For those of you who have always wanted to see Juliette Binoche play a foul-mouthed truck driver — and you know who you are — “Paradise Highway” delivers the goods, and then some. This counterintuitive casting is actually just one of the selling points for writer-director Anna Gutto’s solid and satisfying thriller, a shrewdly constructed melodrama that does not transcend cliches and conventions so much as show how useful and effective they can be in the right hands.
Offering a précis of the plot could arguably do the movie a disservice, since the narrative pivots on human trafficking — specifically, the trafficking of prepubescent girls. It’s a subject that often brings out the excessive worst in even the most well-intentioned directors, and more often elicits an understandable “thanks, but no thanks” response from many potential viewers. Throughout “Paradise Highway,” however, Gutto demonstrates welcome restraint and a meticulous avoidance of anything that resembles exploitation, relying on indirect yet impactful allusions to keep us constantly aware of the mortal stakes involved. All in all, this is a singularly promising debut for a first-time feature filmmaker.
Sally (Binoche), a trucker who hauls freight across the Southeast, gets involved in evil inadvertently, if not accidentally. True, she regularly carries satchels of contraband in the cab of her rig, but only to guarantee the safety of her criminally inclined brother Dennis (an aptly ambiguous Frank Grillo), who is subject to brutal beatdowns by fellow prison inmates if she doesn’t play along. The siblings are co-dependent survivors of an abusive childhood, which makes their bond all the stronger. In fact, except for Dennis, Sally is a loner with no apparent human connections other than other female long-haulers with whom she joshes on her CB radio.
Days before Dennis’ release, Sally agrees to what she assumes will be one last transport of illicit cargo. At first, she strongly objects when told the job will entail taking a little girl, Leila (Hala Finley), across state lines to be used and abused. But when she’s reminded of what might happen to Dennis if she doesn’t comply — well, Sally does her best to keep Leila at arm’s length emotionally until the delivery is made. Things change at the drop-off point, however, when Leila grabs the shotgun Sally keeps in the cab for protection and blasts the creep who’s ready to take delivery. After that, survival instincts, not maternal feelings, kick in. “You may have shot him,” Sally angrily snaps at Leila as she puts pedal to the metal, “but I left him there to die.”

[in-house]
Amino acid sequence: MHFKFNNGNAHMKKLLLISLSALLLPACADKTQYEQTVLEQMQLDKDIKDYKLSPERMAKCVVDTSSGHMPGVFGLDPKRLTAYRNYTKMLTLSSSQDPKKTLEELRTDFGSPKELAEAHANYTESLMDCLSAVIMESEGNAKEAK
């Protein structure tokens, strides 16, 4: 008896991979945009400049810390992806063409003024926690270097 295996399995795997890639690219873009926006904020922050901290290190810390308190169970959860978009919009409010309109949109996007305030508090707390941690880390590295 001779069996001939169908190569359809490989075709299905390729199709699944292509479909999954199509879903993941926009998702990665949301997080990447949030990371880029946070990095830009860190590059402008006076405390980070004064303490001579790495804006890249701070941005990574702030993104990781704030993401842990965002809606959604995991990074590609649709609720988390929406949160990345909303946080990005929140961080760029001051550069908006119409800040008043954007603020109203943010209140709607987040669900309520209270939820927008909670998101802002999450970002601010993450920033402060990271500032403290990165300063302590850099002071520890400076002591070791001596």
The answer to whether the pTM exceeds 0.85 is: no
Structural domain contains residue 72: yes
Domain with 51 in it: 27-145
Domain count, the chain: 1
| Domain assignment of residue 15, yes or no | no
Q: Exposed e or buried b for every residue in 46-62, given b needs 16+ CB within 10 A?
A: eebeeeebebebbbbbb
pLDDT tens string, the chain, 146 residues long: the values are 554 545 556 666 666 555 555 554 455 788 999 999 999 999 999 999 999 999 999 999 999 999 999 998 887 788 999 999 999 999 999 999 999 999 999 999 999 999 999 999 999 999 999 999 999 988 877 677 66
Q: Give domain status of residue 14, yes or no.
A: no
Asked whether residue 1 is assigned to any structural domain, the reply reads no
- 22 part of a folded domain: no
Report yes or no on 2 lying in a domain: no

You might think that it’s only a matter of time before the hard-bitten trucker and the resourceful yet frightened little girl recognize what they have in common — industrial-grade emotional scars, for starters — and start to trust each other while on the lam. And, of course, you would be correct in making that assumption. But the thawing of hearts and the lowering of guards take a bit longer in “Paradise Highway” than is common in movies built around such initially contentious relationships. Not only does that enhance the credibility of the plot; it also gives the well-cast leads time to bring out the best in each other, as the young newcomer rises to the level of the Oscar-winning veteran’s game.
Meanwhile, Sally and Leila are pursued by representatives of the traffickers, who craftily employ subcontractors during an especially suspenseful truck stop sequence, and Gerick (Morgan Freeman), a former FBI agent who now works as a “consultant” for the Bureau, thereby allowing him to break even more rules than he did as a federal employee while hunting flesh peddlers. Gerick is partnered, whether he wants to be or not, with a novice special agent, Sterling (Cameron Monaghan), who does everything by the book until he learns better under Gerick’s tutelage. Both of these characters are fairly shameless stereotypes, but the actors play them convincingly — Gerick’s penchant for obscenity likely would be quite tiresome if anyone other than Freeman were launching the F-bombs — and their reactions to evidence of child exploitation help bring a sense of gravity to the proceedings.
Credit DP John Christian Rosenlund for vividly conveying everything from the vaguely menacing look of a neon-lit truck stop late at night to the sense of boundless freedom during daytime drives through naturally beautiful locales. The clever choices of pop tunes on the soundtrack is a plus — note the neat balance of Blondie’s original “One Way or Another” and a dreamier cover by composer Anné Kulonen and Philip Kay — and the sisterhood-is-powerful twist to the third-act resolution is an inspired payoff to elements planted in the opening scene. Speaking of which, that opening scene is where the film attempts to justify Binoche’s accent. You see, she’s from Canada. Hey, whatever works.